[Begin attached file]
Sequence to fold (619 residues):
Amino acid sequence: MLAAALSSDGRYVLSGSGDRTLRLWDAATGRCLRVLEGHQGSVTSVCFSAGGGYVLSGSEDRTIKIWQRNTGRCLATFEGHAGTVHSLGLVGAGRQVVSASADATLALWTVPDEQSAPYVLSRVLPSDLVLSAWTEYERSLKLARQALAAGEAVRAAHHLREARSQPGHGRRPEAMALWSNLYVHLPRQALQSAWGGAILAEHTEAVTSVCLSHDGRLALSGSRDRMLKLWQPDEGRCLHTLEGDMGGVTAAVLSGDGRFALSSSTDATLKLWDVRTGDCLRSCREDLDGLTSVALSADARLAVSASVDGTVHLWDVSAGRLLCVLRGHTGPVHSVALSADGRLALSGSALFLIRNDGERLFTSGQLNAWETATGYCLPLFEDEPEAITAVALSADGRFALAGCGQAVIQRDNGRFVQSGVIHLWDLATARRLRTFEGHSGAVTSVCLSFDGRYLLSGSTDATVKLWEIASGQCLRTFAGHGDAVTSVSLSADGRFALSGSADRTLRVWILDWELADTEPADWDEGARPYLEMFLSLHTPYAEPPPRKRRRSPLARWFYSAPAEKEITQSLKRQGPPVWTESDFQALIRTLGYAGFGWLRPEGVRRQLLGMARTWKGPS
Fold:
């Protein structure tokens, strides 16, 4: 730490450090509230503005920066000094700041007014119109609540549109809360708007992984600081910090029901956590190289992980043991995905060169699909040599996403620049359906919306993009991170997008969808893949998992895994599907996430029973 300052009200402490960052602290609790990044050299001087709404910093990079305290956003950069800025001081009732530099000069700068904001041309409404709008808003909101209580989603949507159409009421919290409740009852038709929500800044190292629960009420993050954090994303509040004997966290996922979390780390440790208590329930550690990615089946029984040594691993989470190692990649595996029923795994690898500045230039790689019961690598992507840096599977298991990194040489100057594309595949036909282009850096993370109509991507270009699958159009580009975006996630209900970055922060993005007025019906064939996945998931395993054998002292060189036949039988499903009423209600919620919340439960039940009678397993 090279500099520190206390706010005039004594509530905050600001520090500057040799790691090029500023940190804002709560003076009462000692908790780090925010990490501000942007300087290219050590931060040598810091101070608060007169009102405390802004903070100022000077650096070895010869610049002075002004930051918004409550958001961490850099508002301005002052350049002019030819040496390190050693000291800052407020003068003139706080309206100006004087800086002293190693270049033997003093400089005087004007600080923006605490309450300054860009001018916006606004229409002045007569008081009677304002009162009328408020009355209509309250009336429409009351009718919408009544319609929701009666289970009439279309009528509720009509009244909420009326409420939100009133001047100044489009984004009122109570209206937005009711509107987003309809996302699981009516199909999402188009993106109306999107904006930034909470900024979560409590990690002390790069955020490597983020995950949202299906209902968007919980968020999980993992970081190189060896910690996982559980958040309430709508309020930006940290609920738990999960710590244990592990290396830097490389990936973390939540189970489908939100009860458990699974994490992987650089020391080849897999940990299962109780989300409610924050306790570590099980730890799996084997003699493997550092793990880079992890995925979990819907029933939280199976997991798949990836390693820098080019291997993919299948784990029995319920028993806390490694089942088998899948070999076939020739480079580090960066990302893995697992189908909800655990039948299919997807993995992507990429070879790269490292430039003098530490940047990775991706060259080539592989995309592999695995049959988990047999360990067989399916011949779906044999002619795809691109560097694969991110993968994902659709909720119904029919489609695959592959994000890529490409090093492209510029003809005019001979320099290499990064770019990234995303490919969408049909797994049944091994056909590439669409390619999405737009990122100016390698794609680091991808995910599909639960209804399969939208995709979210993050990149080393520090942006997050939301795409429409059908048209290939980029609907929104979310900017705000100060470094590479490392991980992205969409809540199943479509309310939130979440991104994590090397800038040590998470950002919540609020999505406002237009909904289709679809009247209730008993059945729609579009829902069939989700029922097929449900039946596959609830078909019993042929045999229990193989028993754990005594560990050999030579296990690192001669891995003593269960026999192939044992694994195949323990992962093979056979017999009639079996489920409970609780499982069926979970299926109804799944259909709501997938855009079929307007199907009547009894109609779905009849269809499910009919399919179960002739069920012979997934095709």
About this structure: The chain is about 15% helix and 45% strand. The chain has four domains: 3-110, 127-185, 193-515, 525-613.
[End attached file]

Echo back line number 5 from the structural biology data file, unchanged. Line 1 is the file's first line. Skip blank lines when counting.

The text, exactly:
About this structure: The chain is about 15% helix and 45% strand. The chain has four domains: 3-110, 127-185, 193-515, 525-613.